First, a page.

• Design and fit, band and screen material
  • Night mode
  • Extra features and App compatibility 
  • Price

What I would NOT consider:

  • Anything that distracts you from the actual training and metrics that matter
  • Fitness/health tracking besides very simple data (example: sleep time, number of steps)
  • Wrist heart rate
  • Running power

What numbers do I look at when I go for a run?

Depending on which watch you choose, your setup will look slightly different–but just to give you an idea, here’s what I see when I’m using my own watch.

For me, the main watch face only displays three fields: total time, total distance and average pace.

Then, the second one shows lap time, lap distance and lap average pace (a lap being either a split that I take during the run, or the auto lap that is usually preset on 1km).

The third screen includes the elevation data, with altitude, total ascent and descent, plus total distance on the bottom.

Finally, the fourth screen displays heart rate, total time and time of the day—info that I find always useful to have handy!

But what do I really pay attention to while running?

First of all, something that you won’t find on any GPS tracker or tech tool: feelings.

The mere RPE, or “Rate of Perceived Exertion.” What is this? Basically, the RPE (or “rate of perceived exertion”) is how I feel while running: this is why every Vert.run training plan is based on RPE, to quantify the effort and give you an idea of how hard or easy you should be running!

We must keep in mind that technology should be an aid, a tool to get a confirmation of what our body is already telling us.

That’s why it’s so key to learn to listen to our bodies. Technology is only as useful as how it complements our ability to listen to our body.

In reality, I do look at my GPS watch while running: most of the time to check whether my feelings correspond to the actual data, and other times to check the time, distance, elevation etc during my workouts.

Navigation and how to build routes with a GPS watch

The second reason why I think GPS watches have made a difference in the way I train is because of the current available navigation features.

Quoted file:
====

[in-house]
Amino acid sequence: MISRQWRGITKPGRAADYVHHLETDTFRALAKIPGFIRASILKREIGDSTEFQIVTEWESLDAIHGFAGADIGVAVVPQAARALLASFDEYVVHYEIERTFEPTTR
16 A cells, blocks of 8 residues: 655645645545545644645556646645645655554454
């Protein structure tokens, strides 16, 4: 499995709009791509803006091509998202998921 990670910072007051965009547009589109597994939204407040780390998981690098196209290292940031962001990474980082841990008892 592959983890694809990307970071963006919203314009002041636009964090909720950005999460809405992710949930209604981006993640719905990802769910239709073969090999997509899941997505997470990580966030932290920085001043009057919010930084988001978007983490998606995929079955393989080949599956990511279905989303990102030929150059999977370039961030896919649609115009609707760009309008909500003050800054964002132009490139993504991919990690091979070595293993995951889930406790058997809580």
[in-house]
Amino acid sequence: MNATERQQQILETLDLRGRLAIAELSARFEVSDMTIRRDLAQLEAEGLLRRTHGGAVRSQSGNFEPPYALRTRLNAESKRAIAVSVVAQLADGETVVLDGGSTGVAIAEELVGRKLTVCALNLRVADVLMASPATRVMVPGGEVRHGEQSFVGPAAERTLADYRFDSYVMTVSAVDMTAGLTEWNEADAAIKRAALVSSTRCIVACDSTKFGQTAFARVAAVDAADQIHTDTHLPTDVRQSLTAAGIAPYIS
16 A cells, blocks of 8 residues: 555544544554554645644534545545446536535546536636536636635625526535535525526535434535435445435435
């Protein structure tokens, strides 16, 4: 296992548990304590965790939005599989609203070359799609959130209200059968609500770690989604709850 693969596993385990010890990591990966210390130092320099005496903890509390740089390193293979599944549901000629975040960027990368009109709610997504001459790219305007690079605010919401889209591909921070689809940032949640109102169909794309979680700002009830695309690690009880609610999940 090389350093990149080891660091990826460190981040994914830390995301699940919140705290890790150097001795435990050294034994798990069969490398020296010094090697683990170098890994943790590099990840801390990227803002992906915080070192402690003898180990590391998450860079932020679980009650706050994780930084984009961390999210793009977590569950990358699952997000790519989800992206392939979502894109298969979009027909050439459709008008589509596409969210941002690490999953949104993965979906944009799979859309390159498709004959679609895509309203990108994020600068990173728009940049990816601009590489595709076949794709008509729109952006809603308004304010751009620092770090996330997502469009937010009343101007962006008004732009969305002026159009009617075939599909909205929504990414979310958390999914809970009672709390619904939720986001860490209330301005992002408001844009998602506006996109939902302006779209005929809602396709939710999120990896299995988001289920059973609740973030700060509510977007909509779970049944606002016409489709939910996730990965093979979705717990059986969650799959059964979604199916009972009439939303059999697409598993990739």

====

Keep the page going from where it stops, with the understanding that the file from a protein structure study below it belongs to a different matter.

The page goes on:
Building and uploading a track, or downloading a route and using it with my GPS watch, has never been easier and has allowed me to explore amazing playgrounds without the fear of getting lost or necessarily having to run an out-and-back course in a place I don’t know (or even worse, running laps around a block!)

Having the ability to build and upload a custom route is definitely a feature that I would not give up when making the decision about which GPS watch to buy as a trail runner.

I usually build routes with Strava, Koomot, Outdooractive (on a smartphone), and then I save the GPX file and open it with the COROS app, adding it to the routes library and syncing it with my watch.

VO2max: should we really pay attention to this parameter?

Another parameter typically displayed by many GPS models available on the market is VO2max, something that I get a lot of questions about, especially by the more experienced runners that I coach here at Vert.run. 

VO2max, or maximal oxygen uptake, is an important number for ultrarunners because our efforts are primarily aerobic–and this metric basically measures the body’s ability to transport and use oxygen while doing an aerobic exercise such as running.

VO2max is somewhat trainable, but it’s hard to expect changes of more than 5-15% during the life of an athlete: the truth is that VO2max is largely fixed and genetically determined, so if you don’t like your own number, blame your parents!

The good news is that we shouldn’t be obsessed with this number, and here’s why.

VO2max is an important predictor of our running abilities, but it isn’t the only important performance metric.

Besides VO2max, running economy and percentage of sustainable VO2max–which is what you actually work on in training–are the main factors that dictate performance.

Running economy is largely improved by simply running more, so with time and consistency your running economy will optimize.